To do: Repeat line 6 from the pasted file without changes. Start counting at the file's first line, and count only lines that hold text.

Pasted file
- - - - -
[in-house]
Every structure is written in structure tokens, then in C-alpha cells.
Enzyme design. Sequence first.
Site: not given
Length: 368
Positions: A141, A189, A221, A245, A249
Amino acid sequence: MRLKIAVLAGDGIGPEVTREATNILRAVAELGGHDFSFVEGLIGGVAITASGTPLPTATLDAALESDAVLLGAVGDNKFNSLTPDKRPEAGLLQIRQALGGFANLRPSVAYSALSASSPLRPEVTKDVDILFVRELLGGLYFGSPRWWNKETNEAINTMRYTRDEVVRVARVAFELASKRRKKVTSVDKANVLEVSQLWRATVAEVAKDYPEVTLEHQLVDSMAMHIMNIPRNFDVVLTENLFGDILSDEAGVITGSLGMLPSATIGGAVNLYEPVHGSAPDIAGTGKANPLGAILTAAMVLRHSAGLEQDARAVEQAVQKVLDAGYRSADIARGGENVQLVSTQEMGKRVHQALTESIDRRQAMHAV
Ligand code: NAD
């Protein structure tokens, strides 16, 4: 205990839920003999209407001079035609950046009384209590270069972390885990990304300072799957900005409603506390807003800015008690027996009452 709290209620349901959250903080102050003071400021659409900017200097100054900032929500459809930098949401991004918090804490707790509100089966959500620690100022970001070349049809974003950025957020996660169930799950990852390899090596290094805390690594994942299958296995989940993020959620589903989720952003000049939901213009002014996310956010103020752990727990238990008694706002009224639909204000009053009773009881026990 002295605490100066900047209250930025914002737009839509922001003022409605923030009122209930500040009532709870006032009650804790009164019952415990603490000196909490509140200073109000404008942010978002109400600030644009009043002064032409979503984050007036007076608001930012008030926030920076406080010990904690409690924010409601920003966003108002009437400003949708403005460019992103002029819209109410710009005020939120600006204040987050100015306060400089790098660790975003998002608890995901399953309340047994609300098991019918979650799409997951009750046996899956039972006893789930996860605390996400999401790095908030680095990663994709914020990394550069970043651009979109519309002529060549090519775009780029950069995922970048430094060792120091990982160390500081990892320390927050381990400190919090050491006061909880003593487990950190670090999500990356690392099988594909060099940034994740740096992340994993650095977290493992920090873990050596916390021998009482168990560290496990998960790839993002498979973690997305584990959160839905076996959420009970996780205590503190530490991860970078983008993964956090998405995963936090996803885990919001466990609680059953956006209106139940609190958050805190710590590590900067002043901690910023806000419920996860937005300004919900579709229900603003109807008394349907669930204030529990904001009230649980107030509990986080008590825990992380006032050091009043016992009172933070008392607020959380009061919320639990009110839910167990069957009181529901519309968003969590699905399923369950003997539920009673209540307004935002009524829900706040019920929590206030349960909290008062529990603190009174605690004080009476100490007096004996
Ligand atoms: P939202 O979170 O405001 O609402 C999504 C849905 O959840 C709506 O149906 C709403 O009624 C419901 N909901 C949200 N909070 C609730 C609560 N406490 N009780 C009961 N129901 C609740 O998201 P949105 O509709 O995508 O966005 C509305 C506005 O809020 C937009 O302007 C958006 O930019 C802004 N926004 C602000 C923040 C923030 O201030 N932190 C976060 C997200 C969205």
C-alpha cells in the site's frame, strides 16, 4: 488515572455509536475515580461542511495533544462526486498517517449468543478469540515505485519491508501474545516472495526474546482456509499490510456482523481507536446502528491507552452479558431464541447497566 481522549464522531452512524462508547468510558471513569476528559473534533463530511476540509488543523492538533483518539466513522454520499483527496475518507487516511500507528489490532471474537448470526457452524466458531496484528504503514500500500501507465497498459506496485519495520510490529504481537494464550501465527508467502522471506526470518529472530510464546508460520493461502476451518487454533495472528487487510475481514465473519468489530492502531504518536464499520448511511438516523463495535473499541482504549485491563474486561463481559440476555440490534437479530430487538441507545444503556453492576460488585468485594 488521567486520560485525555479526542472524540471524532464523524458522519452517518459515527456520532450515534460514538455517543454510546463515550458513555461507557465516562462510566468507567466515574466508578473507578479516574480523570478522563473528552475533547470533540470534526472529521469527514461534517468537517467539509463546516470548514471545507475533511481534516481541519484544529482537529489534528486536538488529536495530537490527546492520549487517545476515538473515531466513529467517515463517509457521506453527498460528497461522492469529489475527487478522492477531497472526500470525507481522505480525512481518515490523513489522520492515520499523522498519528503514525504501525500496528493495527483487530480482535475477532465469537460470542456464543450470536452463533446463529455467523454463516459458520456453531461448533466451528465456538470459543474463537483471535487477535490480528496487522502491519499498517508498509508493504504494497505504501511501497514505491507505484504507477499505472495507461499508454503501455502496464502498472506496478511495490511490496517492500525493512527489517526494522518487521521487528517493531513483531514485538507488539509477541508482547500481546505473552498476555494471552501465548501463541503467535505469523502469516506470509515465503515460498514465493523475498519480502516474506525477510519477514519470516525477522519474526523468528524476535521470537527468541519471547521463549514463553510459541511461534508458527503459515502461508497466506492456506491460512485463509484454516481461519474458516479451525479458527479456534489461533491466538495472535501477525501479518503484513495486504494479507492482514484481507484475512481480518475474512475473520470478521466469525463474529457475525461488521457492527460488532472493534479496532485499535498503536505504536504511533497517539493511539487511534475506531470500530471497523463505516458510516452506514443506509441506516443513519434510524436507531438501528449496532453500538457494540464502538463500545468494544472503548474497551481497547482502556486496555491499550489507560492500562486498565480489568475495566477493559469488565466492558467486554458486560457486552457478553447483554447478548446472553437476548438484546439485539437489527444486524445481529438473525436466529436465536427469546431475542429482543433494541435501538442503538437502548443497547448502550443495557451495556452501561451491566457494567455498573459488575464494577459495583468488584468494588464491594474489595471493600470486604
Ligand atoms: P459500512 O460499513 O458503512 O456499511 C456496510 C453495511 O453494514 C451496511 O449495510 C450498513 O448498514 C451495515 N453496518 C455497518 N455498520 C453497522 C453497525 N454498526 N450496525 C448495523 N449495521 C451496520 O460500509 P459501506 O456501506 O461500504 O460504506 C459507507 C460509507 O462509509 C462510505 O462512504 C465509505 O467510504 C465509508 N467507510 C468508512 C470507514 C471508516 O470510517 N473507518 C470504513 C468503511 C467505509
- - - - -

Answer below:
Positions: A141, A189, A221, A245, A249